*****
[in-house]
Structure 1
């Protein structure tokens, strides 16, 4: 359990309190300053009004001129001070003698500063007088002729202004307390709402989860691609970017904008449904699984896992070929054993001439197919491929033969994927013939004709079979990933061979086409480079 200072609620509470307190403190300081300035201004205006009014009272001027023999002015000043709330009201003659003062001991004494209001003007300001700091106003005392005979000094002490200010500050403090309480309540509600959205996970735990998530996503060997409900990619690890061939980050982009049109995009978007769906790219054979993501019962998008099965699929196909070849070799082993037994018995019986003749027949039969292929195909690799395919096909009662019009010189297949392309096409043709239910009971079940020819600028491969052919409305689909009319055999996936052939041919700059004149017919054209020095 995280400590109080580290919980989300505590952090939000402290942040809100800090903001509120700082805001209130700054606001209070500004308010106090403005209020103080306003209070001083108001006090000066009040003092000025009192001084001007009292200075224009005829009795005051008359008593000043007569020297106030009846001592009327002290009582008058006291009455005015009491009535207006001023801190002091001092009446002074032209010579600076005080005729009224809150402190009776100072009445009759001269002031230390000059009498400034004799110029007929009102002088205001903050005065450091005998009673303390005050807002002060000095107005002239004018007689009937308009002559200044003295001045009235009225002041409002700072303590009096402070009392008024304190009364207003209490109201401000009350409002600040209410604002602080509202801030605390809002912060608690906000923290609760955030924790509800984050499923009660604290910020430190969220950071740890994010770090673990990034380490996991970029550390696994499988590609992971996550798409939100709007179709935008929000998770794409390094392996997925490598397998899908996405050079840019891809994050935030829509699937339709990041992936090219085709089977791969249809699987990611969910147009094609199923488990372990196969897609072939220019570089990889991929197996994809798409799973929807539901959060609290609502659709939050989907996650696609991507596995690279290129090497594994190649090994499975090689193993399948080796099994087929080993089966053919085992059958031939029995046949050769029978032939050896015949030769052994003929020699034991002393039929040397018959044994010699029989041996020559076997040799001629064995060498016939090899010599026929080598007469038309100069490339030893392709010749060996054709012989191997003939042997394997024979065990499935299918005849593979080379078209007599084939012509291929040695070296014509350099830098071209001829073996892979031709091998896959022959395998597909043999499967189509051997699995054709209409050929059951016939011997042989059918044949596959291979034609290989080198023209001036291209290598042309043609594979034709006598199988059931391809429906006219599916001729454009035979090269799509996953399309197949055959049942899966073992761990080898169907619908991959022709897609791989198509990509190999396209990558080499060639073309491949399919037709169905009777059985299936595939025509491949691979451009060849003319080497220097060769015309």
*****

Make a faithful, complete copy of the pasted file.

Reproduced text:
[in-house]
Structure 1
């Protein structure tokens, strides 16, 4: 359990309190300053009004001129001070003698500063007088002729202004307390709402989860691609970017904008449904699984896992070929054993001439197919491929033969994927013939004709079979990933061979086409480079 200072609620509470307190403190300081300035201004205006009014009272001027023999002015000043709330009201003659003062001991004494209001003007300001700091106003005392005979000094002490200010500050403090309480309540509600959205996970735990998530996503060997409900990619690890061939980050982009049109995009978007769906790219054979993501019962998008099965699929196909070849070799082993037994018995019986003749027949039969292929195909690799395919096909009662019009010189297949392309096409043709239910009971079940020819600028491969052919409305689909009319055999996936052939041919700059004149017919054209020095 995280400590109080580290919980989300505590952090939000402290942040809100800090903001509120700082805001209130700054606001209070500004308010106090403005209020103080306003209070001083108001006090000066009040003092000025009192001084001007009292200075224009005829009795005051008359008593000043007569020297106030009846001592009327002290009582008058006291009455005015009491009535207006001023801190002091001092009446002074032209010579600076005080005729009224809150402190009776100072009445009759001269002031230390000059009498400034004799110029007929009102002088205001903050005065450091005998009673303390005050807002002060000095107005002239004018007689009937308009002559200044003295001045009235009225002041409002700072303590009096402070009392008024304190009364207003209490109201401000009350409002600040209410604002602080509202801030605390809002912060608690906000923290609760955030924790509800984050499923009660604290910020430190969220950071740890994010770090673990990034380490996991970029550390696994499988590609992971996550798409939100709007179709935008929000998770794409390094392996997925490598397998899908996405050079840019891809994050935030829509699937339709990041992936090219085709089977791969249809699987990611969910147009094609199923488990372990196969897609072939220019570089990889991929197996994809798409799973929807539901959060609290609502659709939050989907996650696609991507596995690279290129090497594994190649090994499975090689193993399948080796099994087929080993089966053919085992059958031939029995046949050769029978032939050896015949030769052994003929020699034991002393039929040397018959044994010699029989041996020559076997040799001629064995060498016939090899010599026929080598007469038309100069490339030893392709010749060996054709012989191997003939042997394997024979065990499935299918005849593979080379078209007599084939012509291929040695070296014509350099830098071209001829073996892979031709091998896959022959395998597909043999499967189509051997699995054709209409050929059951016939011997042989059918044949596959291979034609290989080198023209001036291209290598042309043609594979034709006598199988059931391809429906006219599916001729454009035979090269799509996953399309197949055959049942899966073992761990080898169907619908991959022709897609791989198509990509190999396209990558080499060639073309491949399919037709169905009777059985299936595939025509491949691979451009060849003319080497220097060769015309």